President Obama was clear and decisive in his speech about Libya. But that does not mean the way ahead is easy. The 'Obama doctrine' of ceding more responsibility to coalition partners has its risks.
An AT&T takeover of T-Mobile could reduce competition and choice and raise prices.
This week, debt felled another European leader as Portugal's prime minister resigned. But the euro currency did not tumble. That's a sign that Europe is finally getting on top of its debt crisis.
It's tough to take nuclear power plants out of the world's energy mix. The solution is to move ahead with newer, safer designs.
Just as perseverance helped the Japanese cope with the nuclear crisis, earthquake, and tsunami, other qualities can help them in the recovery phase.
In Chile, Obama stresses Latin America's 'shared responsibility' in the world. That's the same approach he's taking in Libya.
The Yemen protests are working. Ali Abdullah Saleh is likely on the way out. But a democracy in Yemen will be up against the terrorist group's vision of violence.
The United Nations Security Council's vote for military intervention in Libya will add to the world's lessons in knowing when and how to act in a nation's crisis.
A new study shows teacher quality is the most important lesson that America can learn from top-ranked education countries such as Finland and Singapore. Teacher unions and states will need to work on this together.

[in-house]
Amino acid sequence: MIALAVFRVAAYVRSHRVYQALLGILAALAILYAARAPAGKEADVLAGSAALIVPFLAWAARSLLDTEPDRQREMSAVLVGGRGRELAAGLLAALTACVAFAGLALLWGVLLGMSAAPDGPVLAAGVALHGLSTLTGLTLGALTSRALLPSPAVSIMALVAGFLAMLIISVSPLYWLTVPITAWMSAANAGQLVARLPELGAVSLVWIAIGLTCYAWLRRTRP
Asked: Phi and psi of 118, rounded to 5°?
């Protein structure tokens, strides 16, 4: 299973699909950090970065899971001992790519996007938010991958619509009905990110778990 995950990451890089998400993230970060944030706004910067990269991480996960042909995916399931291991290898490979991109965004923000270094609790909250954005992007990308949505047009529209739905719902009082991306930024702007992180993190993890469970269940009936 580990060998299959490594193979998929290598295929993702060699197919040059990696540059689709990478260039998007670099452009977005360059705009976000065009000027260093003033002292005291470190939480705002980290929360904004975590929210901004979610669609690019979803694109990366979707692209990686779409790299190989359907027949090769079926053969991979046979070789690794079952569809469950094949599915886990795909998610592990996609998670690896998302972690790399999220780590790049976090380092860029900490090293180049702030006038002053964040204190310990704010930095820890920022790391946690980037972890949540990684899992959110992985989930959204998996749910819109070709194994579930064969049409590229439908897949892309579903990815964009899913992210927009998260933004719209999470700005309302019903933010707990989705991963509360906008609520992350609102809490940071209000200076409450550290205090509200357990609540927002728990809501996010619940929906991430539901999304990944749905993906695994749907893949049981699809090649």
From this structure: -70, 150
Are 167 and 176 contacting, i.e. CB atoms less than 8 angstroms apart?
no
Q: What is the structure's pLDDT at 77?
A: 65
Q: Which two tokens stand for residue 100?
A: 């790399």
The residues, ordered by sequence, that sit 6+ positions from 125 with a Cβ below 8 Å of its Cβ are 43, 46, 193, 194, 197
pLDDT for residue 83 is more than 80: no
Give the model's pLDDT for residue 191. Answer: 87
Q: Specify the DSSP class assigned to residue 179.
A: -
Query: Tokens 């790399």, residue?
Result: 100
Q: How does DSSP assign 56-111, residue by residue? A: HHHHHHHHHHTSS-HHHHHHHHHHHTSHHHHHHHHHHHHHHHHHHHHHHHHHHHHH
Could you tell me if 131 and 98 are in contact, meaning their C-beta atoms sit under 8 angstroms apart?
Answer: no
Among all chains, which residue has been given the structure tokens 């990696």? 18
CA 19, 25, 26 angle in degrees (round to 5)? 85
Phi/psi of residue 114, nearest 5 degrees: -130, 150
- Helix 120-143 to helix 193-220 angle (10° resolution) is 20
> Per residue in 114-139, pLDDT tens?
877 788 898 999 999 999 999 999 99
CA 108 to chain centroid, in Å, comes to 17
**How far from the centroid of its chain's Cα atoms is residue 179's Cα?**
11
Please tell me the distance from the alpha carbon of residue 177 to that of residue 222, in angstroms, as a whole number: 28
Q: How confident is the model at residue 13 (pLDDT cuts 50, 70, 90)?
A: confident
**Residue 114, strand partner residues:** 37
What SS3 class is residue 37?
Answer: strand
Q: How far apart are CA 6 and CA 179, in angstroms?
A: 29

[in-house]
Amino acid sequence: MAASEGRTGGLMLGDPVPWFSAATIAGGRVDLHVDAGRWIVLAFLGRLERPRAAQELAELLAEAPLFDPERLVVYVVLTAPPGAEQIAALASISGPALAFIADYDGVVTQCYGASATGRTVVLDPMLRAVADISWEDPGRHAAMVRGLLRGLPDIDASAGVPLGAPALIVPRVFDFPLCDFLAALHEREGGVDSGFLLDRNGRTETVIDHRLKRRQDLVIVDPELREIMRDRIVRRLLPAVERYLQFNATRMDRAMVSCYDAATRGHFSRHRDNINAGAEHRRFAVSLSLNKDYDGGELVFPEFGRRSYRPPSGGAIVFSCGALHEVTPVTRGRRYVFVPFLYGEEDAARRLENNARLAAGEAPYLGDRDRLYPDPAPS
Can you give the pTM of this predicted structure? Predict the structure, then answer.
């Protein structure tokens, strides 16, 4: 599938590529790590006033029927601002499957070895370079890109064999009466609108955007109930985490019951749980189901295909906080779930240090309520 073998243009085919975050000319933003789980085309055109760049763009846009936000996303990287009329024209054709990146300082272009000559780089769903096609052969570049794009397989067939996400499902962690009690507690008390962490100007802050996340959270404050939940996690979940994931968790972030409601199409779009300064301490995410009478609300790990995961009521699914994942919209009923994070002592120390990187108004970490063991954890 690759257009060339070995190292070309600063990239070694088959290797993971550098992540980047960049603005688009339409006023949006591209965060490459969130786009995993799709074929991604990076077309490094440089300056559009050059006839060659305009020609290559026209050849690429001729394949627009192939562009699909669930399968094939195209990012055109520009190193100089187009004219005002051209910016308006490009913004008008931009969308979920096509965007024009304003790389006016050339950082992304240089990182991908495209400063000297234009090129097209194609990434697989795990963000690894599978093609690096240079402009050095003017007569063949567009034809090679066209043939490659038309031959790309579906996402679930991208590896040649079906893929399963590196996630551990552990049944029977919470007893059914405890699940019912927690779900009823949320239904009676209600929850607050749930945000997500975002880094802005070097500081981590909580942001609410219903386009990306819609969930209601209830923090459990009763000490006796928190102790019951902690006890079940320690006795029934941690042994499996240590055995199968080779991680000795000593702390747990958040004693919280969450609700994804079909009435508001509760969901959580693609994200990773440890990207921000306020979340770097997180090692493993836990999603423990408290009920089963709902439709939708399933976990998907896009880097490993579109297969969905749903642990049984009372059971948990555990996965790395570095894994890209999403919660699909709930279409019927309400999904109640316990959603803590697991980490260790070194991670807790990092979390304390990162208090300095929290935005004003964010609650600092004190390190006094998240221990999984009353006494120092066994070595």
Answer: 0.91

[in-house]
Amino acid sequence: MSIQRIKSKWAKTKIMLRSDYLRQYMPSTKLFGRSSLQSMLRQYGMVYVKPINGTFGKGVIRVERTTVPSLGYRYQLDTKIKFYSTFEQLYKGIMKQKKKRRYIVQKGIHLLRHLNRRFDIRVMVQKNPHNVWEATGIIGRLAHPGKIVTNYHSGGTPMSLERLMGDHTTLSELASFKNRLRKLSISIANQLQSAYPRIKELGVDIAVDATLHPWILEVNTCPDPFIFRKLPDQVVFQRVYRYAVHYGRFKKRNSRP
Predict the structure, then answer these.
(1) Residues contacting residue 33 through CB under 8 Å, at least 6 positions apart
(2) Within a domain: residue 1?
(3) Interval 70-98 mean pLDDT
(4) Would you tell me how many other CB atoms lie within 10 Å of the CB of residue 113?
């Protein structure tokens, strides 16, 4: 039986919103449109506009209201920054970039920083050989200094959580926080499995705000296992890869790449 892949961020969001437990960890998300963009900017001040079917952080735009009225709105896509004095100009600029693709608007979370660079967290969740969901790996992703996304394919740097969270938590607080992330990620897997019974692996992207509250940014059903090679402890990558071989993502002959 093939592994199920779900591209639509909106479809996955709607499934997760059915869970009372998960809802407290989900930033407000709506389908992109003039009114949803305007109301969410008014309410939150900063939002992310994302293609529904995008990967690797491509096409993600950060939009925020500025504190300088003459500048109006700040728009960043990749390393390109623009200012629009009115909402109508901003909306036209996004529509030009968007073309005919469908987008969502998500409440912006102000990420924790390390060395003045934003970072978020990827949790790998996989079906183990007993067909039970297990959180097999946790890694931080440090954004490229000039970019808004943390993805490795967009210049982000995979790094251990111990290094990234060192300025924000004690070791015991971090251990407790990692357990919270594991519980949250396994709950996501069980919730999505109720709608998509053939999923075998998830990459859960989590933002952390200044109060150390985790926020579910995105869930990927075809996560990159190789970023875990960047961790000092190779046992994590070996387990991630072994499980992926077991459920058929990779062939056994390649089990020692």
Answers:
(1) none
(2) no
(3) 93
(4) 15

The Japan nuclear crisis at the Fukushima Daiichi power plant points to a need to rethink safety design for such technology. Now, with a possible meltdown, Japan, like many countries, faces a crisis of confidence.
Use of armed force in Libya and Bahrain, the question of a no-fly zone, as well as the role of oil, make the choices for Obama much tougher than during Egypt's revolution.
A nation already gloomy over its future, Japan must tap the unity of its people after the earthquake and tsunami to make necessary changes in politics and the economy.
In his trip to Moscow, Vice President Biden emphasized trade and commerce as the next stage in the 'reset' of relations between the United States and Russia. He's on the right track.
The House hearings chaired by Rep. King focused almost solely on Muslim Americans. Such religious stereotyping by any government body is dangerous.
An attack in a liberated Egypt on a march for women's rights shows the challenge in carrying out complete revolutions in the region.
Obama wants Qaddafi to leave, but a no-fly zone may not be doable or adequate. Also a humanitarian crisis may demand a stronger response.
After nearly every state made it easier to try minors as adults in the 1980s and '90s, several states are taking steps to send them to juvenile court. That's a more productive and less costly approach.
In Wisconsin, and now Ohio, public unions are on the defensive over collective bargaining 'rights.' Both sides need to see the larger picture to find common ground.
A choice between a robust US diplomatic program and a healthy federal budget is a false one. As events in the Arab world show, now is not the time to whack the State Department's budget.
The US is weighing a no-fly zone in Libya that might prevent Qaddafi from more attacks on rebel forces. Obama must weigh key lessons from history before acting.